I’ve always worked, since I was 15 years old. I never really considered how important it is to who I am. Working was just a means to an end; just a way of obtaining enough money to begin the ultimate role in life – being a parent. But during those first few weeks and months, when all I could see ahead of me was years and years of childcare, I felt utterly panicked. I’d been made redundant while pregnant and the idea that there was no end date in sight for these long days as nothing but wife and mother truly frightened me. It’s only a job, right? How can it be so important? But it wasn’t just a job. Working was part of who I was, it gave me a sense of purpose and made me feel I was contributing to something bigger. Working made me feel efficient, bright and useful, none of which I got from motherhood where I continually (and falsely) believed I was failing.
I’d always thought that being a parent would be enough for me. I’m traditional in that way. Yes, I assumed I’d go to work part-time at some point but it would just be for money and, naturally, I’d despise leaving my children. But in the cold light of endless days with nothing but daytime TV, bottle washing and dirty nappies I longed to be something more. I couldn’t help the words from entering my mind: is this really all there is? Despite the feminist movement a lot of us still don’t like to admit that we need more from life than just being mothers.
But I will; I’ll admit it. I love my son but play dates and washing and the school run is not enough to satisfy me. It’s not enough to feed my sense of self. It’s not enough to keep me emotionally healthy. I needed something more and I believe the vast majority of modern mums can relate to this.
My identity struggles haven’t just been about motherhood. Experiencing mental illness has triggered much soul-searching and I’ve changed a great deal. I’m a stronger, more positive and more empathetic person as a result. This violent renovation of my identity has been difficult to process but I’m getting more comfortable with it as time goes on.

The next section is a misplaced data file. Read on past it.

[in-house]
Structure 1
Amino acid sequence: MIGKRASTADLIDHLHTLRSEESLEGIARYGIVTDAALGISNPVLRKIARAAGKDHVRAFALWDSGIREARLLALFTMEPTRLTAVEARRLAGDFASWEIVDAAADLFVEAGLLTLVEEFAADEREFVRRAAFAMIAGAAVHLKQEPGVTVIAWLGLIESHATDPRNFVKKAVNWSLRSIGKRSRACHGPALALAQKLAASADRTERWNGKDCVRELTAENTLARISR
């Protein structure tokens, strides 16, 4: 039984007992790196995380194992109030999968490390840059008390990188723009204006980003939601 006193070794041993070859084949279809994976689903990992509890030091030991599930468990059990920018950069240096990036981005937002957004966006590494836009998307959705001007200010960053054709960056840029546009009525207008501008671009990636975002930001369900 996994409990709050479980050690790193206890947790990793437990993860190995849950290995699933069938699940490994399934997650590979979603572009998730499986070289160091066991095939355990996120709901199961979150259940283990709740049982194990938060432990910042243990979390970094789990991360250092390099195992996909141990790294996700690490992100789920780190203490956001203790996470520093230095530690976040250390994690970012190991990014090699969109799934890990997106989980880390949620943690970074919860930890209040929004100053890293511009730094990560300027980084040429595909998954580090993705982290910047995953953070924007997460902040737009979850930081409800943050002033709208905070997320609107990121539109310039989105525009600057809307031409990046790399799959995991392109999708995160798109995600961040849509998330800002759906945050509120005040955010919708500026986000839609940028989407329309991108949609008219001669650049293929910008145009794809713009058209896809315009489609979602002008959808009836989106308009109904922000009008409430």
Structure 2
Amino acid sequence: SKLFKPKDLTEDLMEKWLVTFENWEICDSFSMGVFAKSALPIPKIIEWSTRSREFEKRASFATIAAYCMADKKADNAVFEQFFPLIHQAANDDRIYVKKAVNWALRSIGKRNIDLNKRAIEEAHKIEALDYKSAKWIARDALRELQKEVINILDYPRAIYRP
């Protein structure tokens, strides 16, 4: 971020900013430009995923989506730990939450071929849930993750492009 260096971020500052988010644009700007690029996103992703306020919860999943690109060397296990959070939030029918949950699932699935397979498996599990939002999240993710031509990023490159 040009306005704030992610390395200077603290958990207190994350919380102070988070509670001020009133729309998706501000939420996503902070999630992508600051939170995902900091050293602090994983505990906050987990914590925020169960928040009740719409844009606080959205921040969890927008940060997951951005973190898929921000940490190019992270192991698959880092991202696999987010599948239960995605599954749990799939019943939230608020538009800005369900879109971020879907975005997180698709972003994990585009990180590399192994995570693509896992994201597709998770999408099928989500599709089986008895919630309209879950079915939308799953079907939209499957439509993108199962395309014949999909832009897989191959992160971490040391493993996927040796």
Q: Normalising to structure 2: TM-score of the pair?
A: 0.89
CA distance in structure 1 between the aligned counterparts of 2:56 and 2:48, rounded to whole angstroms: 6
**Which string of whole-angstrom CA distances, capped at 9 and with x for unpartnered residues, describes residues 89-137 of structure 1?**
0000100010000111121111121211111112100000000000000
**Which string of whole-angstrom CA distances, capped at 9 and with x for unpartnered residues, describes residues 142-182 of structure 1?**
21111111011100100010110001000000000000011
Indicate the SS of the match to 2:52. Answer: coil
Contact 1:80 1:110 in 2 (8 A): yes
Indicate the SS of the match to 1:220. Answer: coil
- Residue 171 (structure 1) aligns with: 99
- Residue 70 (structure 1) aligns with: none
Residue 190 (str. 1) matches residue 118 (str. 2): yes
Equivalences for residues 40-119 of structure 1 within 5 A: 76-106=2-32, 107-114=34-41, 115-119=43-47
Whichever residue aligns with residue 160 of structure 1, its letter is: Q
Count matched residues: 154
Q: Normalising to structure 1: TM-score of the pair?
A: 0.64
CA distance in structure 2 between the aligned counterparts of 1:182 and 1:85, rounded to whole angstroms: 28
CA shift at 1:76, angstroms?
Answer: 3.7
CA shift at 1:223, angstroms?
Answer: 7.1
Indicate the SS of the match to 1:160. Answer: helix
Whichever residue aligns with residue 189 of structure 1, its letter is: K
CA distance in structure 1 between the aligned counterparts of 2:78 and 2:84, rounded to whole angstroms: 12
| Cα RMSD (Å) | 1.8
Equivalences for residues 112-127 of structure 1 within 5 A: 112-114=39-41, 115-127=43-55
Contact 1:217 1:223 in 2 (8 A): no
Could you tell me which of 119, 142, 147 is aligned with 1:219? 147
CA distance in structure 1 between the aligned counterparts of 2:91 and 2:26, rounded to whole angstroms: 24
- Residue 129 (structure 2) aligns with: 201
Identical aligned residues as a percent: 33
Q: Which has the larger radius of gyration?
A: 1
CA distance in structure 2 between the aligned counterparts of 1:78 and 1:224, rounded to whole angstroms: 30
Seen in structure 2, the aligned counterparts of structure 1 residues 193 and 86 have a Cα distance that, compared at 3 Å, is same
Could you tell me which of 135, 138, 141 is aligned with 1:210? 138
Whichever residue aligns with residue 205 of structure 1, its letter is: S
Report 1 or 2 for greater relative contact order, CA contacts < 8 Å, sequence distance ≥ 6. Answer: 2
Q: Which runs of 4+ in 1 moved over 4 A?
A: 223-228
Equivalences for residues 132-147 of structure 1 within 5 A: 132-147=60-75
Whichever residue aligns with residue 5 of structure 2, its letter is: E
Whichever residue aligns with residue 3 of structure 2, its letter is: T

The real turning point in my recovery came when firstly, I accepted that motherhood alone was unlikely to be enough to satisfy me for the next decade or more and began to let go of the guilt surrounding this and secondly, that having a baby doesn’t mean the end of who you are as an individual. To the contrary, I believe the healthiest mothers are the ones who still have a really close connection to their old self; who still take part in the work, hobbies or activities that they enjoyed before having a baby and perhaps take on new ventures too. Being a mum is hard work, highly consuming and extremely important; the most important work you’re ever likely to do. But without that distance, without that mental break from being “Mum” and the chance to be you again you risk becoming too consumed. Let’s be honest, our babies are only with us for a relatively short time before they grow up and leave, and when they do we need to be connected to ourselves and have a strong place in the world or else we risk feeling cast adrift.
When my son was nine months old I began working two days a week and it was the best thing I ever did, for him and me both. I got back in touch with the old me, my confidence grew and I probably love working more now than I ever did. Eight months ago I launched my blog – The Butterfly Mother – and have reignited my passion for writing. I’ve met some amazing people and made great connections, and feel really motivated about the future of the blog too. These two things have cemented my new identity and bring me a lot of happiness, alongside the joy I get from my son. If there is something you love, find the time for it. Make room for you.